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Factive Relative Clauses in Wolof

Harold Torrence, UCLA

Wed, 3/3 · 4:30 pm6:00 pm · via Zoom

Program in Linguistics

In this talk, I investigate factive constructions in Wolof, an Atlantic language of Senegal.  I show that the constructions, the “li-factive” (1), “verbal factive” (2), are formally relative clauses and I argue that they all involve null nouns in SpecCP.  In the li-factive (1), a relative clause complementizer, l-i, occurs on the left edge of the (bracketed) clause.  In contrast, the verbal factive (2) involves a copy of the verb preceding a different relative clause complementizer (b-i):

 

(1)  Réccu-naa [l-i           ma  jaay  tééré  b-i  ].                           li-Factive

regret-1sg  cl-Crel  1sg  sell   book  cl-the

‘I regret (the fact) that I sold the book.’

 

(2)  Réccu-naa [jaay [b-i        ma   jaay  tééré   b-i]].                  Verbal Factive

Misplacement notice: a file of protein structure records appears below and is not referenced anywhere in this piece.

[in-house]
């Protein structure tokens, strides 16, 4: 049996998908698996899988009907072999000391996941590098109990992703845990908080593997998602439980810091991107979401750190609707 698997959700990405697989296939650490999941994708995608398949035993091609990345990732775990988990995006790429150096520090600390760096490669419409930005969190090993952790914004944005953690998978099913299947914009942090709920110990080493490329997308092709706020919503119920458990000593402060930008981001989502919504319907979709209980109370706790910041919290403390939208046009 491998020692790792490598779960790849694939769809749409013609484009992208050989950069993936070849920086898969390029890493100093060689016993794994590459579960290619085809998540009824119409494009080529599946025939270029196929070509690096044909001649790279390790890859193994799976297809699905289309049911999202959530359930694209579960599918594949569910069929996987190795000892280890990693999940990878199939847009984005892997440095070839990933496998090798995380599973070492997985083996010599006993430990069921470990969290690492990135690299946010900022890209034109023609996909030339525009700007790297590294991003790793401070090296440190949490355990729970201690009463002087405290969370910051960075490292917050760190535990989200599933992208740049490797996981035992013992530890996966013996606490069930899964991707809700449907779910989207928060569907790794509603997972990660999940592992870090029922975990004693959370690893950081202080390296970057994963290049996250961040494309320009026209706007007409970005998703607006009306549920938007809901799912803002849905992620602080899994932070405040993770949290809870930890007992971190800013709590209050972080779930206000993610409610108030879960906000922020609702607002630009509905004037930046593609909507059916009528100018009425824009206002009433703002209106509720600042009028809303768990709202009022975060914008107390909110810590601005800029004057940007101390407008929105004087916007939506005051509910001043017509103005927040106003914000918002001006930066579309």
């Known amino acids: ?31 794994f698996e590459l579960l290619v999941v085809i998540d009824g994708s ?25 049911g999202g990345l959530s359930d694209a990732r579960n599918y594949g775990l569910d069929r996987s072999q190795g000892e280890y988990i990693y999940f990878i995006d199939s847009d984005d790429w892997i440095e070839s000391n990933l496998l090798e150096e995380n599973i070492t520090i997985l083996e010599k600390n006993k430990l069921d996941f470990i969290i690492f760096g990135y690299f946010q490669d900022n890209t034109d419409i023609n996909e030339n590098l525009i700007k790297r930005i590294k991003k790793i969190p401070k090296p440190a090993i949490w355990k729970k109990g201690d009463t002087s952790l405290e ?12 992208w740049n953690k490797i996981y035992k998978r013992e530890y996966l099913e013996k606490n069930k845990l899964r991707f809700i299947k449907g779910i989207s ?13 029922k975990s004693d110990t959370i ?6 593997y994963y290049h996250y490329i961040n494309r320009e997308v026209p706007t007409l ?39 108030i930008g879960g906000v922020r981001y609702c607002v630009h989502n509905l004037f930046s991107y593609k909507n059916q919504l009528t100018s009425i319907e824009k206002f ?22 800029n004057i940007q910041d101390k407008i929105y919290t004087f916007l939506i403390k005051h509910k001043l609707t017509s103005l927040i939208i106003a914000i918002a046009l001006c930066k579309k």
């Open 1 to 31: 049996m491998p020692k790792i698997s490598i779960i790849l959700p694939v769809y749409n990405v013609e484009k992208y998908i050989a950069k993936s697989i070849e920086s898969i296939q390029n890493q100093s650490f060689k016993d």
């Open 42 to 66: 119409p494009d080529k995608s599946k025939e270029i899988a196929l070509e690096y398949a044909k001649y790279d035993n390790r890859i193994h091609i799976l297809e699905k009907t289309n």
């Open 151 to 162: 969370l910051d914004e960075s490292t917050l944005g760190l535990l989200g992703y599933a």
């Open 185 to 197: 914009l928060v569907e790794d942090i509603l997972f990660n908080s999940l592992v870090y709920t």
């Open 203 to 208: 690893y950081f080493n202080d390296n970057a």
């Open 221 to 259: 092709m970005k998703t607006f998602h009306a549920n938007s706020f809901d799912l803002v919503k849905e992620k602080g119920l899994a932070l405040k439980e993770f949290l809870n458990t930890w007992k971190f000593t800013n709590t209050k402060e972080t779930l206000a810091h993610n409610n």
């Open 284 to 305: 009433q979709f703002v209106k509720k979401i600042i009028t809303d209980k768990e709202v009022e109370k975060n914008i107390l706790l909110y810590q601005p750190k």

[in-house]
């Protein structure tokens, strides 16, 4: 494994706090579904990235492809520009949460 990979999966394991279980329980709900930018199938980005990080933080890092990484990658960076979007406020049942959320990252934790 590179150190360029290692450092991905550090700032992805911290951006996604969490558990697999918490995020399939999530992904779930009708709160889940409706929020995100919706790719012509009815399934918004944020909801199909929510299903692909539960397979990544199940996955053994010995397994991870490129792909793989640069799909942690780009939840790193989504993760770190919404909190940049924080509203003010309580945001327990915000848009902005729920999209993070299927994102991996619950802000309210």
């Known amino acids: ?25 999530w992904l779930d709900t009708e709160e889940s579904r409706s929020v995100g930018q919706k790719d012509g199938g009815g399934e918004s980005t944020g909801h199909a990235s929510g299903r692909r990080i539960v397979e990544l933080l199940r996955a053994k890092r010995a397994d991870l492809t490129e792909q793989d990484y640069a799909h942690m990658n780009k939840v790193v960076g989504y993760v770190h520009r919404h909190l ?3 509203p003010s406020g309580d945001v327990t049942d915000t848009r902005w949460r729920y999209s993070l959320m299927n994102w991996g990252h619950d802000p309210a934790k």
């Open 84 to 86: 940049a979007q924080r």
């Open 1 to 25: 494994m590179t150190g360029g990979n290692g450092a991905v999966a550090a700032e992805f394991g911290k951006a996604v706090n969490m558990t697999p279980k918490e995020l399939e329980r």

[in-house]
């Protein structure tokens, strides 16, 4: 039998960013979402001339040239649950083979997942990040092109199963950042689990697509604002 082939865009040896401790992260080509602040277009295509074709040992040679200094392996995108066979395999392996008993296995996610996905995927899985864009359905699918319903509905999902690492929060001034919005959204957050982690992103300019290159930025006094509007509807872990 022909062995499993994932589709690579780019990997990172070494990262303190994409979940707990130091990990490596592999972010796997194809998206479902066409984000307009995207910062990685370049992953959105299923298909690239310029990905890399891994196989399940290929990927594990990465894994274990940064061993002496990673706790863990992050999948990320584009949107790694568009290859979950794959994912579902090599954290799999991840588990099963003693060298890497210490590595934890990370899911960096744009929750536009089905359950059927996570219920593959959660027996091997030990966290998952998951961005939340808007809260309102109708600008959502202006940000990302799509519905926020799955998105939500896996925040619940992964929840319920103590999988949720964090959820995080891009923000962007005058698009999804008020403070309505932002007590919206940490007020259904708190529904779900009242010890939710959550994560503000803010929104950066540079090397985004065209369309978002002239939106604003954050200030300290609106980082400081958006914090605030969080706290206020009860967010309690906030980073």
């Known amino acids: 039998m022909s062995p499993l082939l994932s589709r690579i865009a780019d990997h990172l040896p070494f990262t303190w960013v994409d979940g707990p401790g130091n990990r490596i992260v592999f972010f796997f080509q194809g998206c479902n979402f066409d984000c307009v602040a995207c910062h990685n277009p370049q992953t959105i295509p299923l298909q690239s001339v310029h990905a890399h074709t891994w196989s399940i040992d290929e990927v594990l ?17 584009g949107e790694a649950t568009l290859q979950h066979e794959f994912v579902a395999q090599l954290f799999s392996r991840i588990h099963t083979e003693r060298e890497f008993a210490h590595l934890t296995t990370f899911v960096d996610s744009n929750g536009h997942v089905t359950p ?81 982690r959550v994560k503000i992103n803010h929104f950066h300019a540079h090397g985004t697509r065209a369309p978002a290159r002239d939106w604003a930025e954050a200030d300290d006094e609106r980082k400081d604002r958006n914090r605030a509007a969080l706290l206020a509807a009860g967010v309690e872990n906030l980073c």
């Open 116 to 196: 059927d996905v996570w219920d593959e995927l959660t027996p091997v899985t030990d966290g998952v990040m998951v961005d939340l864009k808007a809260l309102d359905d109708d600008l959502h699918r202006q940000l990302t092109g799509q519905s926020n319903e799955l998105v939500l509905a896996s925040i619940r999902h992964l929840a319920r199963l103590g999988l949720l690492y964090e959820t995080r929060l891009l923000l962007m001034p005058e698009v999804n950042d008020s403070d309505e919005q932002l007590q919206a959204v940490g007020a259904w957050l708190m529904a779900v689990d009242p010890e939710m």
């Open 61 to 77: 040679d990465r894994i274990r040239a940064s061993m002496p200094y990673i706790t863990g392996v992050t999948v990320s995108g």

regret-1sg  sell   cl-crel  1sg   sell    book  cl-the

‘I regret (the fact) that I sold the book.’

‘I regret the way that I sold the book.’

 

I argue that the factive constructions in (1-2), ‘factive relatives’, involve two distinct null fact nouns that trigger (noun class) agreement on the relative clause complementizers (l‑i and b-i). Using evidence from copied material, I further argue that the null fact noun in the verbal factive originates in the TP region, lower than T0, and undergoes A¢-movement to SpecCP. The null noun pied pipes lower material, which may or may not be pronounced.  The Wolof data provides strong cross‑linguistic support for analyses that treat factive clauses as involving operator movement (Aboh 2005, Haegeman 2006) into the left periphery of the clause Finally, I also compare and contrast the Wolof factive relative constructions to similar clause types in other languages, such as Pulaar, a closely related Atlantic language.

 

Harold Torrence is an associate professor of linguistics at the University of California Los Angeles. His research focuses on the syntax and morphology of African and Native American languages.

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